Marion County had two pieces of good COVID-19 news this past week, that the recent surge in new cases continued to ebb Monday, and that there soon could be a vaccine available.
Despite the flow of cases slowing to its lowest point since Halloween, numbers remain at levels unprecedented before the surge began.
Twenty new cases reported Monday after Thanksgiving’s long holiday brought to 454 the total number of new cases reported since the Marion County’s first case April 1.
In the past seven days, 34 new cases have been reported — the lowest total reported this month but still well above previous levels. Until Halloween, the record number of cases in any seven-day period had been 25. Within two weeks after Halloween, the seven-day total had swelled to 88. It has been declining since.
An expected increase associated with Thanksgiving and early Christmas has not yet arrived.
Part of the reason for having fewer reported cases might have been that there weren’t many places available to get tested during Thanksgiving and the weekend, county health nurse Diedre Serene said.
“I think that’s a little bit misleading,” she said. “I think we will see an increase, probably a week or two weeks after Thanksgiving. We might, we might not. Generally, we will see a wave though.”
Tabor College president Jules Glanzer was among recent COVID victims, and was admitted to intensive care Saturday, according to a Tabor press release.
The college reported Tuesday that Glanzer remained in ICU but was showing improvement and had regained an appetite.
County health officials reported Monday that 41 patients still were exhibiting symptoms or undergoing treatment, and one of them was hospitalized.
Another recent victim of the virus was Hillsboro city councilman Dave Lowen, who went through Thanksgiving in isolation.
“It was not the traditional Thanksgiving, that’s for sure,” he said. “That was a different experience — and then not feeling well at the same time.”
Loewen stayed in isolation at his daughter’s house and said he wasn’t able to leave until Saturday.
COVID-19 vaccines could soon be available in Marion County if paperwork submitted by Serene is approved by the Centers for Disease Control.
The CDC is deciding how many doses will go to each state. Kansas Department of Health and Environment will apportion the doses to counties.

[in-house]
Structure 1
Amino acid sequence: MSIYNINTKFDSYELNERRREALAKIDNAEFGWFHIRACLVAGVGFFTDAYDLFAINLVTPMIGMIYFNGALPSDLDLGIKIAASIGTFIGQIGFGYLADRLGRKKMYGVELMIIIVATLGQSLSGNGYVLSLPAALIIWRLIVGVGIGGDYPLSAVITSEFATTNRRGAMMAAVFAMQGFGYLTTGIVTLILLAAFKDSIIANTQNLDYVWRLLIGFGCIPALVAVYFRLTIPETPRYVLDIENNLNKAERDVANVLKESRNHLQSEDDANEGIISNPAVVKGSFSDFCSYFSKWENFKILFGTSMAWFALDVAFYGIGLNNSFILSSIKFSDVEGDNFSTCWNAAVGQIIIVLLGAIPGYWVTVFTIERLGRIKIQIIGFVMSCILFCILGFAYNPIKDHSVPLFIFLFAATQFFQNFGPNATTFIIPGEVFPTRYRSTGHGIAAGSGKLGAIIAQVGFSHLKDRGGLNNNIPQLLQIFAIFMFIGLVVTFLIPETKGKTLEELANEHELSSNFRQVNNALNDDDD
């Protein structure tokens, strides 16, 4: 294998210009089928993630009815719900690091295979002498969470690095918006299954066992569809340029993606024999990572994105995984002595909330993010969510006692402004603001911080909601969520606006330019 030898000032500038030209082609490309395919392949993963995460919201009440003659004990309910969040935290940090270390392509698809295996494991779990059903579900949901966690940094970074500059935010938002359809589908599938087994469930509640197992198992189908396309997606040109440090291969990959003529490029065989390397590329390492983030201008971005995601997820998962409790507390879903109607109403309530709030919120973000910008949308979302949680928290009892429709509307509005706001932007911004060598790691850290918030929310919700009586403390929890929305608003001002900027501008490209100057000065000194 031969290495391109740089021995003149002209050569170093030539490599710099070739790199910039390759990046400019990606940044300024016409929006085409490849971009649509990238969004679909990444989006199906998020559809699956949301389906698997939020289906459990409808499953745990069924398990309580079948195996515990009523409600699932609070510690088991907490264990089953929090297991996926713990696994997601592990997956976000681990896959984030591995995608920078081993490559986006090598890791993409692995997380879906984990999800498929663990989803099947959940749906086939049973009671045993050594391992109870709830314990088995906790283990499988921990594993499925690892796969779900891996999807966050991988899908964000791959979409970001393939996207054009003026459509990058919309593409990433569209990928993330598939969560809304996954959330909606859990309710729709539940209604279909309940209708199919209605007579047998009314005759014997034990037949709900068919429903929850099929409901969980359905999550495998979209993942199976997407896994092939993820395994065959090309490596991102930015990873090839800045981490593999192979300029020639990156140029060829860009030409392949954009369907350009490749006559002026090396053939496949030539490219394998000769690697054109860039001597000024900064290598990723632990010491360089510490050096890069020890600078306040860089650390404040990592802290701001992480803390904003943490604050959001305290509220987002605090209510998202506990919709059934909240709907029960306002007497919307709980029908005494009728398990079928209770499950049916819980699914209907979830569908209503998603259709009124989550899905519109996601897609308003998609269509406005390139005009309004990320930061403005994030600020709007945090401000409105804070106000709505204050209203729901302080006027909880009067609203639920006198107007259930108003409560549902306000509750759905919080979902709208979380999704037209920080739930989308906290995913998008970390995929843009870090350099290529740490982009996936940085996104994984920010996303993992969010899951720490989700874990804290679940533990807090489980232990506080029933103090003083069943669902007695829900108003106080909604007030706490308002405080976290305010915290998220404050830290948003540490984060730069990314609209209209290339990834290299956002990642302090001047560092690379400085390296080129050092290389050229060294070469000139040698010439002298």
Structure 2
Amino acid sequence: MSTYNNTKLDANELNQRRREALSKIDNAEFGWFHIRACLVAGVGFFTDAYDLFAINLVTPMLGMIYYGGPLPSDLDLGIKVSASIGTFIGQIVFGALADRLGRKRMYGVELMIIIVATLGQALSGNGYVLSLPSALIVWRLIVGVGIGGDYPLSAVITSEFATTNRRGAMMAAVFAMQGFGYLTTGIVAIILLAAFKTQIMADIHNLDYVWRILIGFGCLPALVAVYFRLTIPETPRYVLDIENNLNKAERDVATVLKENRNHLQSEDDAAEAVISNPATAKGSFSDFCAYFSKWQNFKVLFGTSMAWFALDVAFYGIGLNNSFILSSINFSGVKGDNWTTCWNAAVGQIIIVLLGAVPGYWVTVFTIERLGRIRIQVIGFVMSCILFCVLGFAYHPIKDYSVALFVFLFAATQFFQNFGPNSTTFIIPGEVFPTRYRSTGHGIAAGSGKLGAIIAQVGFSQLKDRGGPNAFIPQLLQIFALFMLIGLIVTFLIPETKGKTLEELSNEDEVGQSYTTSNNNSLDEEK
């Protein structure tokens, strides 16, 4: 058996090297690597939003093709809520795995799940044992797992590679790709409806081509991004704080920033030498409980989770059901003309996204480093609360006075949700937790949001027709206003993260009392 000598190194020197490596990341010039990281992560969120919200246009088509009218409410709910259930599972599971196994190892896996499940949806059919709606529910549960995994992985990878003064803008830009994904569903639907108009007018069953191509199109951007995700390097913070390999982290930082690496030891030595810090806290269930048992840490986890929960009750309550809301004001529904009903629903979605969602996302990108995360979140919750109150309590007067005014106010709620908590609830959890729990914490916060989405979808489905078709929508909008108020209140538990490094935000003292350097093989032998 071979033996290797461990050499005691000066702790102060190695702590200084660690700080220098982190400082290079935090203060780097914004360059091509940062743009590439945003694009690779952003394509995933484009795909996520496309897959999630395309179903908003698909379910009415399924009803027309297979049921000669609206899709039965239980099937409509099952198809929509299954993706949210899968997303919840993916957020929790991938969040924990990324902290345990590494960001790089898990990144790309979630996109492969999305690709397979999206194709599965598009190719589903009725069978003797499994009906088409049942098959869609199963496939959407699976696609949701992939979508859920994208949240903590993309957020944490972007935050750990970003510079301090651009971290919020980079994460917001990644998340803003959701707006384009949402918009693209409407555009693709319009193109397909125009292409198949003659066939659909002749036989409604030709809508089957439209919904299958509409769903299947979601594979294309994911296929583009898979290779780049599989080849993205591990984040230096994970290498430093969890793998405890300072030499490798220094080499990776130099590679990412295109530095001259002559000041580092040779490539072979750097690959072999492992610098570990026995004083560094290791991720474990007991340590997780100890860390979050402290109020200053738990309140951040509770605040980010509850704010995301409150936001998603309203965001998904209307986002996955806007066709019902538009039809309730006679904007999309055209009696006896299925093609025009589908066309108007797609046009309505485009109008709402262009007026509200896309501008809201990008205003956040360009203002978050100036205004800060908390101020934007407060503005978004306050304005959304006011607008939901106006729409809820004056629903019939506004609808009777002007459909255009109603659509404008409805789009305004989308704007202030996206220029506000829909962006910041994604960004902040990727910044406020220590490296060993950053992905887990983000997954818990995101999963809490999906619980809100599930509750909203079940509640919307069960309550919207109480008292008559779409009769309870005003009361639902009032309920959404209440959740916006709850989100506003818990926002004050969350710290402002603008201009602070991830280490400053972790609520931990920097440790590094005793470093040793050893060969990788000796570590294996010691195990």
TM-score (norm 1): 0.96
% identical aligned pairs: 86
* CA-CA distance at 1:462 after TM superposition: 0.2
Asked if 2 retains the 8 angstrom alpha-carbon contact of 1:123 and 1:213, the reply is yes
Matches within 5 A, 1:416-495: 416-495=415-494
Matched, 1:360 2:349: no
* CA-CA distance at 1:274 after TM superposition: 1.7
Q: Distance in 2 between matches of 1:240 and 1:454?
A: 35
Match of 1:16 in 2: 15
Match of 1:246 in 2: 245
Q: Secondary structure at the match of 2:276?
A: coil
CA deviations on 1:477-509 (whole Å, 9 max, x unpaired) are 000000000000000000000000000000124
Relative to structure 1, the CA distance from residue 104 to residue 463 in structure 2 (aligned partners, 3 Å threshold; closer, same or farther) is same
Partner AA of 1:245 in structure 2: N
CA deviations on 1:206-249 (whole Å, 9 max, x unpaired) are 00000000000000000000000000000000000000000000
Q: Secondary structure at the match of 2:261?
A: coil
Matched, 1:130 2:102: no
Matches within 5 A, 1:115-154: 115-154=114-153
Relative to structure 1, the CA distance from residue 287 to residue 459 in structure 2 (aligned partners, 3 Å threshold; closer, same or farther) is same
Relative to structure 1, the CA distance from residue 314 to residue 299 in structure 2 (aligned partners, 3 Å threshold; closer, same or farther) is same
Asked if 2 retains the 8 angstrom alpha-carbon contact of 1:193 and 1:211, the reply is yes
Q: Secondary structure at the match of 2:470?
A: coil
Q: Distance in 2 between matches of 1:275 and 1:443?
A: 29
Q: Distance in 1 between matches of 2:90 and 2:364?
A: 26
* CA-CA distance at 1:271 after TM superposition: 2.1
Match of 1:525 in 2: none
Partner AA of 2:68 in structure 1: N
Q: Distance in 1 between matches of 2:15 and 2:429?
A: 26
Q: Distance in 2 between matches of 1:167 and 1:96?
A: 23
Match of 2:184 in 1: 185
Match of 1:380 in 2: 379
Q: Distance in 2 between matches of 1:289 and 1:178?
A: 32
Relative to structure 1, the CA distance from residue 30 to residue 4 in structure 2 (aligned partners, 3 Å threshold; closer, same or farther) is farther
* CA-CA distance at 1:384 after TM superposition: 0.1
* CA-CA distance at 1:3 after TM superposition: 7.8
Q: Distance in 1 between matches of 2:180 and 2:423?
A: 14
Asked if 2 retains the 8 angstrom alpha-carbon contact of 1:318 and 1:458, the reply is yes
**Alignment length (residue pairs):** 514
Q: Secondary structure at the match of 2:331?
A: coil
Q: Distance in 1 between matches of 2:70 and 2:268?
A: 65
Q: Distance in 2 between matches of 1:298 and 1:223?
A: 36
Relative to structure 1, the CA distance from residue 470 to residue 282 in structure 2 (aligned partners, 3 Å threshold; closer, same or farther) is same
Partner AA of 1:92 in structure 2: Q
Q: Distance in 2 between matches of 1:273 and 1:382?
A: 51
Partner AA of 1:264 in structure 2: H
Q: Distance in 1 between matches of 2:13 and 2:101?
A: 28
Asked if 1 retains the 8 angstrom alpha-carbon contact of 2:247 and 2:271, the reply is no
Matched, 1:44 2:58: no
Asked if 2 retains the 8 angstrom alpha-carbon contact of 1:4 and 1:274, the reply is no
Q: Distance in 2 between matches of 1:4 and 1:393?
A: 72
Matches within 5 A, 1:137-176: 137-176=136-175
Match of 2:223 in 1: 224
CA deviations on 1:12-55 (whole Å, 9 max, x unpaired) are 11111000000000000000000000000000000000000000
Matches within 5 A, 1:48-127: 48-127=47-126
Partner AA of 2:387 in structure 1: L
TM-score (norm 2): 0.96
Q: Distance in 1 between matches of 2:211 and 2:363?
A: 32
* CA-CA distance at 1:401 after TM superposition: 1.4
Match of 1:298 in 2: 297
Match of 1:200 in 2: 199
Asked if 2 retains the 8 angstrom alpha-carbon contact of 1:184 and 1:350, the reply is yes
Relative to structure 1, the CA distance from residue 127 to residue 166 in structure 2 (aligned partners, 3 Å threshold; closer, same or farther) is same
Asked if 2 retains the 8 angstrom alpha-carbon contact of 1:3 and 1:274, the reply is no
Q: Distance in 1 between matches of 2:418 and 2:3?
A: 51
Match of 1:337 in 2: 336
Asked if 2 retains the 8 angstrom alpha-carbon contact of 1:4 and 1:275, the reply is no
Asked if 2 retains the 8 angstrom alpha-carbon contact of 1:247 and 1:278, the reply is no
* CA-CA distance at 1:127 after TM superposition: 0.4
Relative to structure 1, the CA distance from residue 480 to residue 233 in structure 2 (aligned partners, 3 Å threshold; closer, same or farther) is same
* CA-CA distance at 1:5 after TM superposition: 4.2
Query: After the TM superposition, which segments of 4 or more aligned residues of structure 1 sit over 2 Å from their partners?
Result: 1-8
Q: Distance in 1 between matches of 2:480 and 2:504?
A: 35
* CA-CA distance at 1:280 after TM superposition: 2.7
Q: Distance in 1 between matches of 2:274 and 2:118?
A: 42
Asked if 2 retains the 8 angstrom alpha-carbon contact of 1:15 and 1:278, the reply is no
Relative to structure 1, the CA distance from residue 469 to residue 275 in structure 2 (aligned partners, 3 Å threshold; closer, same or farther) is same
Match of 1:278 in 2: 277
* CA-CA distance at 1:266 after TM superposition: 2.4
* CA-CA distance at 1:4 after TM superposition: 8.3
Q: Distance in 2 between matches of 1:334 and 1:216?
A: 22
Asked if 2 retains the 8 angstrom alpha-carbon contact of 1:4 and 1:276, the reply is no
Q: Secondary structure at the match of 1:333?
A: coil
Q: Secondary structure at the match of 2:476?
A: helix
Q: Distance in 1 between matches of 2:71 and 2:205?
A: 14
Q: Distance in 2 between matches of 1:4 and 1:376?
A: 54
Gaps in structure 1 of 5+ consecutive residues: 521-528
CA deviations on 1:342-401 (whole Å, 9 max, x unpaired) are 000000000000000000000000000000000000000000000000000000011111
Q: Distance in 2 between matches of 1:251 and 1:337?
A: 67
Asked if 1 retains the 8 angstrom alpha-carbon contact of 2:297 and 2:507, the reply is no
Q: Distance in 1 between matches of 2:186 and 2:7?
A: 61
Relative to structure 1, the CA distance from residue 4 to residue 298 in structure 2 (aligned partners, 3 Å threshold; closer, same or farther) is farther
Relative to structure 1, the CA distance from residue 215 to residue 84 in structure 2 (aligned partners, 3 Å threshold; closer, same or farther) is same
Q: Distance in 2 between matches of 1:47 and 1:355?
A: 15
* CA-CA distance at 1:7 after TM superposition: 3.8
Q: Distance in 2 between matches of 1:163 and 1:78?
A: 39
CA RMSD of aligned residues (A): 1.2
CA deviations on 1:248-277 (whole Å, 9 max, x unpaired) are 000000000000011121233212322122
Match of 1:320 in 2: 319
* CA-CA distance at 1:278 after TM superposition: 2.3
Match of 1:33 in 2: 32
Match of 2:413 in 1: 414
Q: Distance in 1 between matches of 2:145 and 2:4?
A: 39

“Anybody who is going to provide the vaccine had to register,” Serene said.
In the form, she included the numbers of influenza vaccines the health department provided for different age categories.
“I used the number of the clientele we served for other shots also,” Serene said. “We also had to put in how much storage capacity we had in refrigerated, frozen, and ultra-frozen.”
Some newly developed COVID-19 vaccinations must be stored at very low temperatures. Those are called “ultra-frozen” vaccinations.
KDHE told county health departments not to purchase storage units for ultra frozen vaccines.
CDC will decide how many vaccines are available to states, Serene said.
“I would think that every state would at least get some,” she said.
KDHE will then decide how much vaccine is sent to each county, factoring priority groups into the equation.
Which groups will be rated “priority” has not yet been determined, Serene said.
She does not know how soon vaccine will be here — or how long the county will wait.
“I know they are waiting for FDA approval, so after FDA approves, it will begin,” she said. “My guess is that hospitals and long-term care will probably get it before health departments.”
Despite the improvement in Monday’s report, the county remains a federal “red zone.” The overall infection rate is 38.2 per 1,000 residents, up 2.9 from a week earlier. Of those tested for the virus by PCR and antigen testes in the past 14 days, 39.9% tested positive.
The latest numbers show substantial improvement over where they were earlier this month, when the seven-day increase in infection rate peaked at 7.4, with the 14-day positivity rate peaking at 71.1% and hovering for many days above 40%.
Still, they remain well above levels that typically call for special precautions. A seven-day increase of 1.0 in the infection rate and any positivity rate of more than 10% are regarded nationally as signs that travelers to an area may need to quarantine.
The last time Marion County had a seven-day increase per 1,000 below even 2.0 was nearly five weeks ago, on Oct. 29, and there was just one day since Oct. 6 when the county did not qualify as a red zone.
Reporter Eric Meyer contributed this story.